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Viernes Culturales: As Close to Cuba as You Can Legally Get

On the last Friday of every month, my little corner of Miami hosts what is called “Viernes Culturales.” Or “Cultural Fridays” for those of you who don’t speak Miami. And all jokes about Miami being a foreign country aside, it really is the closest feel one can get for spending an evening in a Latin American country without leaving the United States. Except it smells a little better.

Viernes Culturales is a sort of street celebration of Cuban culture that stretches from about SW 16th Ave to SW 12th Ave on Calle Ocho (Sw 8th St., again, if you don’t speak Miami). On these Fridays, the sidewalks of Little Havana are as packed as the ones in South Beach, with locals strolling the streets sipping mojitos and watching the various street performers. Live bands play all over the sidewalks too, not only in front of streetside cafes like El Pub, but even in front of the Domino’s Pizza on 16th Ave. And people dance in front of them, right out in the street. Traffic slows to a crawl, but nobody really seems to mind.



Noted Miami historian Dr. Paul George often begins Viernes Cultruales with walking tours of Little Havana. The tours vary in their route, but most begin on SW 15th Ave. just east of the historic Tower Theater. This is the perfect way to begin your Cultural Friday, by learning the history of the area on foot. By the time the tour is over, the sun has set, and the street party has begun.

After walking for nearly an hour through the neighborhood, chances are you have gotten a little bit hungry. And Little Havana has no shortage of restaurants that provide you a front row seat to the music and dancing that are Viernes Culturales. 



Con Tutto Pizza a la Pala & Grill at 1380 SW 8th St. is probably your best option. This little sidewalk restaurant has the feel of sitting streetside somewhere in South America. You can watch you meat being grilled as you sit outside, alongside the indoor part of the kitchen. The Mixed Grill will give you the best sampling of their grilled options, as they even give you a little grill at your table to keep it warm. The Brick Oven pizza is also surprisingly good, if meat is not your thing. And you can take your time eating, drink some wine, and watch the party unfold on the street in front of you.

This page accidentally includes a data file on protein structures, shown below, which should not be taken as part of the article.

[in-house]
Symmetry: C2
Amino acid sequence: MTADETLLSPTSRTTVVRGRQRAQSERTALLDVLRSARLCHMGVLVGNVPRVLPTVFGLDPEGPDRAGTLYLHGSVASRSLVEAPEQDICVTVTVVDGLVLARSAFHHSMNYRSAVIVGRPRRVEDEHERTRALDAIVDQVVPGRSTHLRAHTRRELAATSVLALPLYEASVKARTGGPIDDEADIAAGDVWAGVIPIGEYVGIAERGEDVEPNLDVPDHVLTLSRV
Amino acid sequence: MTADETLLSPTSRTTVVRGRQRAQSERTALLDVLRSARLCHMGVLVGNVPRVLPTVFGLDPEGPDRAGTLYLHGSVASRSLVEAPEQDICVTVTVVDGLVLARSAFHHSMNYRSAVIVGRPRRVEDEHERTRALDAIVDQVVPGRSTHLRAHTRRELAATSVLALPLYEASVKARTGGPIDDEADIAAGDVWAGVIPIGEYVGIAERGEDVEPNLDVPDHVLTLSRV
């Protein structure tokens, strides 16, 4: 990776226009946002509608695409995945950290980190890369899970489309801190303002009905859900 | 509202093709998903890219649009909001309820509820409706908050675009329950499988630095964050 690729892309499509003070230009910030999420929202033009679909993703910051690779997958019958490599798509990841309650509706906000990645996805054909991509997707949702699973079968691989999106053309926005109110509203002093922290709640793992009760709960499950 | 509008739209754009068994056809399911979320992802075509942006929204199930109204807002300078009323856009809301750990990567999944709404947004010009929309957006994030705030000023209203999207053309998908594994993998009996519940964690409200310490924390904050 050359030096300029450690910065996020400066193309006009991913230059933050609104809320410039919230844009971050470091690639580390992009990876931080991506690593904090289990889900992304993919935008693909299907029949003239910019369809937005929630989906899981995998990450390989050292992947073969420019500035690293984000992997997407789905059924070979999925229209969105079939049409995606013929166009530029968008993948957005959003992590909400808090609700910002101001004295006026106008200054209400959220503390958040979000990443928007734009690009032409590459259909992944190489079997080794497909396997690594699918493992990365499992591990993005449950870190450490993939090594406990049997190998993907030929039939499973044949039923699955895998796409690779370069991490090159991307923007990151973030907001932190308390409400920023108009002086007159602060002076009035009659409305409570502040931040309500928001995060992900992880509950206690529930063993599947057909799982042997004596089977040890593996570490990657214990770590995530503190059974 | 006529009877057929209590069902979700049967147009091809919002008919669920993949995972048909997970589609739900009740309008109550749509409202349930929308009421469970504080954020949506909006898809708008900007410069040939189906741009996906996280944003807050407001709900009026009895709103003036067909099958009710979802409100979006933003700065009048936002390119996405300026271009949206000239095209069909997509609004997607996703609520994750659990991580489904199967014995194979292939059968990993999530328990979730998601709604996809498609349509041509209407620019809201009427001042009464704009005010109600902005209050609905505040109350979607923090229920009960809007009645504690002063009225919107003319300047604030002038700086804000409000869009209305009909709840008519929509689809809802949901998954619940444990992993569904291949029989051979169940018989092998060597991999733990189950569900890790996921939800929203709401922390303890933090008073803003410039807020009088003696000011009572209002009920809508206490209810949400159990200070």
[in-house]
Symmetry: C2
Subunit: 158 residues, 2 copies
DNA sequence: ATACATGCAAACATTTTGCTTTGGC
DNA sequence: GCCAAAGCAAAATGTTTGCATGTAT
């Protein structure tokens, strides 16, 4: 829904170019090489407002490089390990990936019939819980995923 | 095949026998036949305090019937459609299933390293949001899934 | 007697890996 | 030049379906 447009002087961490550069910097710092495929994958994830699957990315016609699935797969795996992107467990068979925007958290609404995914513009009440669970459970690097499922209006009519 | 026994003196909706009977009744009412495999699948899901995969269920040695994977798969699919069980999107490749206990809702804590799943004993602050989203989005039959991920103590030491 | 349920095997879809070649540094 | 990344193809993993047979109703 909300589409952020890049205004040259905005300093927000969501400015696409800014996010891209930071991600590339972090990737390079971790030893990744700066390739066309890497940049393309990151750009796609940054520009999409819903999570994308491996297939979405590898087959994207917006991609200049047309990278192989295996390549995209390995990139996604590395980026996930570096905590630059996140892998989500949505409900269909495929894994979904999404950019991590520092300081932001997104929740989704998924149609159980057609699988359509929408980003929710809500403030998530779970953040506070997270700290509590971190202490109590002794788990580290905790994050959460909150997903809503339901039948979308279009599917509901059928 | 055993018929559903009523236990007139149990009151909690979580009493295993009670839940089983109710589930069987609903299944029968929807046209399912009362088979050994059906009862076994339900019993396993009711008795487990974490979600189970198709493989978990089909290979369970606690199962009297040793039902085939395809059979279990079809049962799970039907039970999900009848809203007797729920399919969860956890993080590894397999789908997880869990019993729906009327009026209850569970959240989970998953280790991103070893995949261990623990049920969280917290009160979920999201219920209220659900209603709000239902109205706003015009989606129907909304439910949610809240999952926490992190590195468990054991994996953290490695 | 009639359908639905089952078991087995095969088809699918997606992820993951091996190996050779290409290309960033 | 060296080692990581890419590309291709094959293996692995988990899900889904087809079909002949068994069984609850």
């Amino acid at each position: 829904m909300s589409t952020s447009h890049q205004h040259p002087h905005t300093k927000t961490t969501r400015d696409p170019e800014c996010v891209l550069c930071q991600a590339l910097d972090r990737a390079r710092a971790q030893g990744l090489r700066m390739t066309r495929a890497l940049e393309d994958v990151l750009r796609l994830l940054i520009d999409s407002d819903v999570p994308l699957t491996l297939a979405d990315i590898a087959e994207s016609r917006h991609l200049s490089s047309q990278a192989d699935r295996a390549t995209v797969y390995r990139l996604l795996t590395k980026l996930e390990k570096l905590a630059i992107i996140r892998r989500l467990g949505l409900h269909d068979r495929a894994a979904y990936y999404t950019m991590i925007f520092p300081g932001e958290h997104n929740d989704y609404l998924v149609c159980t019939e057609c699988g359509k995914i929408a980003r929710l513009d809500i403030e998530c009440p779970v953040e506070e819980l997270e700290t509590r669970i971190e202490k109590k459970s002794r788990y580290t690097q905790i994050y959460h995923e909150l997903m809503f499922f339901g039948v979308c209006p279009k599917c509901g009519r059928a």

After dinner, you can head a little west to Padilla Cigars on SW 15th Ave. and Calle Ocho. Inside fells like you’ve stepped into 1950s Havana, with walls of cigar boxes, plush leather couches, and plumes of rich cigar smoke everywhere. The back room features a few rows of rolling tables, and there’s even a flat screen TV if you want to bring in some scotch and watch some sports while you smoke. But on Viernes Culturales, best to take your cigars to go and walk the streets.


Across 15th Ave. from Padilla Cigars is Cuba Ocho Art and Research Center. If Havana had an upper class, this bar and club would be its hangout. The walls are all covered in a variety of Cuban, South American and European art, and when empty it has the feel of an intellectual’s study. Book cases line the far wall, and serve as a backdrop for the live salsa bands that play on Friday. The opulent bar has an extensive collection of many fine liquors, and the mojitos are the best you’ll find on Calle Ocho.


You can opt to either sit inside and listen to the live band, or bring your drink outside to the courtyard. If you’ve ever been to Havana, the courtyard at Cuba Ocho is the closest you’ll get to reliving that experience. The fountain in the middle is surrounded by groups of heavily-padded wicker chairs and even a few domino tables. This is the perfect place to relax, smoke your cigar, and enjoy the humid evening air.


The party starts to wind down around 11:30, but that’s no reason for you to go home. If you opted not to eat dinner, or just have late-night munchies,  El Buen Sabor at 1610 SW 8th Street not only serves late, but has late-night karaoke. It consists mostly of four Mexican guys sitting at the small bar singing along to Spanish songs as the lyrics flash across the TV. But the tacos are the best Mexican Street Tacos I’ve had east of Arizona, and the food manages to be authentic without being overly greasy. Almost unheard of with Mexican food.


You can stroll out whenever you like, and walk back down Calle Ocho as the party comes to an end. By the time your evening is finished, you’ll feel like you spent the night in another country without ever having to leave South Florida. And while I am one to often bemoan the pervasiveness of Latin culture in this city, on Viernes Culturales you can’t help but love it. Great food, great cigars and a great party make for one of the most unique Miami experiences one can have. And you don’t even have to deal with tourists.

Related Categories: Miami: Things to Do,

About the Author: Matt Meltzer is a featured columnist at Miami Beach 411.

See more articles by Matt Meltzer.

See more articles by Matt Meltzer

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